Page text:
Glynn Lloyd, CEO of Roxbury-based City Fresh Foods catering company, had an epiphany a couple of years back. “I was standing in the kitchen at City Fresh and realized that we were buying all this lettuce from California and paying a pretty good dollar for it,” he recalls. “Then I was driving up Harold Street [in Roxbury] and I just noticed vacant lot, vacant lot, vacant lot, vacant lot. I said, ‘We are going to get land and start growing food.’ ”
He was hardly the only one with that idea. Margaret Connors, a public-school wellness coordinator, was concerned that school meals had so little local food. She met Lloyd when City Fresh catered meals after her school’s kitchen broke down. They started talking, and together they hatched a for-profit, urban-farming company dedicated to providing farm-to-table produce, creating jobs, and bringing vacant neighborhood land back into productive use. They call it City Growers.
Now entering its fourth growing season, City Growers has partnered with the Massachusetts Department of Agricultural resources and the not-for-profit Urban Farming Institute of Boston to sponsor the first Massachusetts Urban Farming Conference at Roxbury Community College next Saturday. The conference will offer an update on city agriculture in the Bay State and lay out the opportunities and challenges of growing food in the city.
Urban farming is hardly a new concept. Farms persisted inside city limits around the country well into the 20th century. (The orchards of Roxbury were famous for developing the Roxbury Russet apple and introducing what became known as the Bartlett pear to the United States.) More recently, intensive growing on small plots — both in the ground and on rooftops — has flourished in municipalities as diverse as Milwaukee, Detroit, New York, and San Francisco.
Hard figures about how much commercial agriculture takes place in Boston are difficult to come by. Those involved locally say that this modern incarnation is in its infancy here, with most of the larger organized efforts involving nonprofit operations connected to hunger relief and social-service programs. But all agree that interest in self-sustaining micro-farms that grow for the market is gaining traction.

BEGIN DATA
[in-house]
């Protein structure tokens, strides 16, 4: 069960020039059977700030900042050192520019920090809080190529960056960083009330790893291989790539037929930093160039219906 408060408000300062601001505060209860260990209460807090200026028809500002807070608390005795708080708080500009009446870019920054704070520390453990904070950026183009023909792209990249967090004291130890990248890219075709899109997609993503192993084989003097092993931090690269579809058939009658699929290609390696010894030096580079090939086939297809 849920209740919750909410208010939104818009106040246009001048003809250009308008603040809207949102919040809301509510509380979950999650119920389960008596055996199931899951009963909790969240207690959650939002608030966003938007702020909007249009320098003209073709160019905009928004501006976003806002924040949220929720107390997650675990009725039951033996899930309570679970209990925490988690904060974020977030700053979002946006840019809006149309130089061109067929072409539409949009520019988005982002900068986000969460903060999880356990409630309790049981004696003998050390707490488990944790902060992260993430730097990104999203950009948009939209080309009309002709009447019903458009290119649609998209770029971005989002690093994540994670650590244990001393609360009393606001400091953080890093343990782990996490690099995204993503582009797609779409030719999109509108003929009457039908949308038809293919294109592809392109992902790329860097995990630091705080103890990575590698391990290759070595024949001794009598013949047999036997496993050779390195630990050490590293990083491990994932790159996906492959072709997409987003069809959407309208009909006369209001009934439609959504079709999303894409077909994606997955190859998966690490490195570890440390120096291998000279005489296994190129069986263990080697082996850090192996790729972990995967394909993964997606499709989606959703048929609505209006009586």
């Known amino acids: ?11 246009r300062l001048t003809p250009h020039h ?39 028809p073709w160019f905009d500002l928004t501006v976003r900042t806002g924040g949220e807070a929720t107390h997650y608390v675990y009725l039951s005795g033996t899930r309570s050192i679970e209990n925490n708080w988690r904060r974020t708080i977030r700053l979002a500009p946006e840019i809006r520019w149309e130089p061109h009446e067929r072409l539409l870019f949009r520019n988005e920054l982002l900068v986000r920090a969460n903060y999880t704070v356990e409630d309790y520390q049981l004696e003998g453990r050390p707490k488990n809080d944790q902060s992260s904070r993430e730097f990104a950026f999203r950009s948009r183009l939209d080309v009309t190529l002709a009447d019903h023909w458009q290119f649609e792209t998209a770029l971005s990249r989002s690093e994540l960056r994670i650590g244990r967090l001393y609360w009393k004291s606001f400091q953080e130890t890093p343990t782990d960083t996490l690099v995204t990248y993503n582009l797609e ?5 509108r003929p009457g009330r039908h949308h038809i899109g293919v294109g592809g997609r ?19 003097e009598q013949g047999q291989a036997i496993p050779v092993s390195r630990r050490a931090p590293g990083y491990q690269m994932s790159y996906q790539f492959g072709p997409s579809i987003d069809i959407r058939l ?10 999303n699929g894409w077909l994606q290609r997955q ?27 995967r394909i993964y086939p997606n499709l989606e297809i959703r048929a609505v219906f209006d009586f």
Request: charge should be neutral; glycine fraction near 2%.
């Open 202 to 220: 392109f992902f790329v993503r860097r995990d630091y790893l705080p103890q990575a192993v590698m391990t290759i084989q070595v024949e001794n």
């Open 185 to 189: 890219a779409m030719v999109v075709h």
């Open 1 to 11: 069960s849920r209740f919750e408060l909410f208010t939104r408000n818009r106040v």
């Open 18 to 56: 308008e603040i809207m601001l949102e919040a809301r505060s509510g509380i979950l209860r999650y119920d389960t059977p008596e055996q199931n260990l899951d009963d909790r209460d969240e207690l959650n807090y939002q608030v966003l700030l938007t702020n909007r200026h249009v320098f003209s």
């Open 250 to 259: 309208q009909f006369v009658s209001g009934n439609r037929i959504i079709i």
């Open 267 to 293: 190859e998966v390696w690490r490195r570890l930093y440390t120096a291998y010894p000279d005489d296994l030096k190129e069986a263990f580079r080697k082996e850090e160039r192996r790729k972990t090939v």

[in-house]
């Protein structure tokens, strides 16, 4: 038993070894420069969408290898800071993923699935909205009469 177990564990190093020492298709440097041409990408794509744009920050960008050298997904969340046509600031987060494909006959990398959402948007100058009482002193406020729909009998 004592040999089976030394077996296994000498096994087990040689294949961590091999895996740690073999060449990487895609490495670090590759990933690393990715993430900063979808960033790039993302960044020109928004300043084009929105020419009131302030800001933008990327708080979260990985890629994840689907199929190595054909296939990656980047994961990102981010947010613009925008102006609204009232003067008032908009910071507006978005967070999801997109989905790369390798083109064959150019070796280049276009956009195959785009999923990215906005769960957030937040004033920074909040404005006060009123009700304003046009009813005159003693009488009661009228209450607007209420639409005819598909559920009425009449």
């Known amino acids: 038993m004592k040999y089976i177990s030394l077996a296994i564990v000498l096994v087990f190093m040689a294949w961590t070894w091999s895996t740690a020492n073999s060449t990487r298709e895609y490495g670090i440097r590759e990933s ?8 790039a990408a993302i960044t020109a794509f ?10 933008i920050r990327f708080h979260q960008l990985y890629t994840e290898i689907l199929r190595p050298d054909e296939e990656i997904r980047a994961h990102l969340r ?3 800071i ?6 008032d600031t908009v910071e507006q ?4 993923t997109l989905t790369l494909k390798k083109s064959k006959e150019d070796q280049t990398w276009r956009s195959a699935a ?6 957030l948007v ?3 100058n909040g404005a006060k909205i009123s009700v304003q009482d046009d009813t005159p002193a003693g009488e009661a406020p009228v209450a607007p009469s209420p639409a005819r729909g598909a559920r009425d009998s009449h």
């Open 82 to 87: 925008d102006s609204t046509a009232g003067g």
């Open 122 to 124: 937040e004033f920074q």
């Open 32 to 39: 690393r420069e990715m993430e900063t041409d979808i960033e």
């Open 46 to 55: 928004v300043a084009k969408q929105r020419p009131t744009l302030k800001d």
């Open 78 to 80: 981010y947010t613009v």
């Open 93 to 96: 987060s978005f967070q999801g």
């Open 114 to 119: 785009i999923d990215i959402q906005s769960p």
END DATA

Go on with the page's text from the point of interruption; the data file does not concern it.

During the 2012 growing season, City Growers cultivated four small plots in Dorchester and Roxbury. “That really proved our model,” says Connors. The company employed two full-time growers and a part-time grower, and got assistance from about 100 volunteers. “We grew on about 20,000 square feet, which is half an acre,” she says. “We generated $32,600 of sales on that half acre. All we need to do is get more land and we can scale that up.” City Growers estimates its break-even point at about three intensely farmed acres.
Although Connors still envisions one day providing fresh food to Boston public schools, City Growers currently operates as a commercial wholesale grower. In 2012, the company sold to restaurants that ranged from Haley House and Stone Hearth Pizza to Lumière and Henrietta’s Table. Their fresh products also appeared in a few small grocery stores, including Foodie’s Urban Market in the South End, Savenor’s on Beacon Hill and in Cambridge, American Provisions in South Boston, Sherman Market in Somerville, and City Feed and Supply in Jamaica Plain.
As part of a commitment to small local food producers, David Warner, co-owner of City Feed and Supply, has been a customer of City Growers from the early days. “I’m a big believer in fewer degrees of separation in the food pipeline. The closer you can get to your food, the more you’re going to know about it and the more nutritious, potentially, it’s going to be for you,” Warner says. He also sees urban farming as an amenity for city living. “To walk down a city street and see a good-sized plot of land being actively cultivated,” he says, “adds a visual benefit. You’re seeing human activity that has an aesthetic and a beauty to it, and that enriches all our lives.”
Like Lloyd and Connors, Warner will be participating in discussion panels at the Urban Farming Conference, which is generating a lot of enthusiasm around the region.
“The time is ripe for urban agriculture,” says Greg Watson, commissioner of the Massachusetts Department of Agricultural Resources, another cosponsor of the conference. “The time is right to piggyback on the ‘buy local’ movement. I think people have made the real connection between locally grown fresh food, health, nutrition, and obesity prevention. If we can shorten the distance between where the food is grown and where it’s consumed, there will be multiple benefits.”Continued...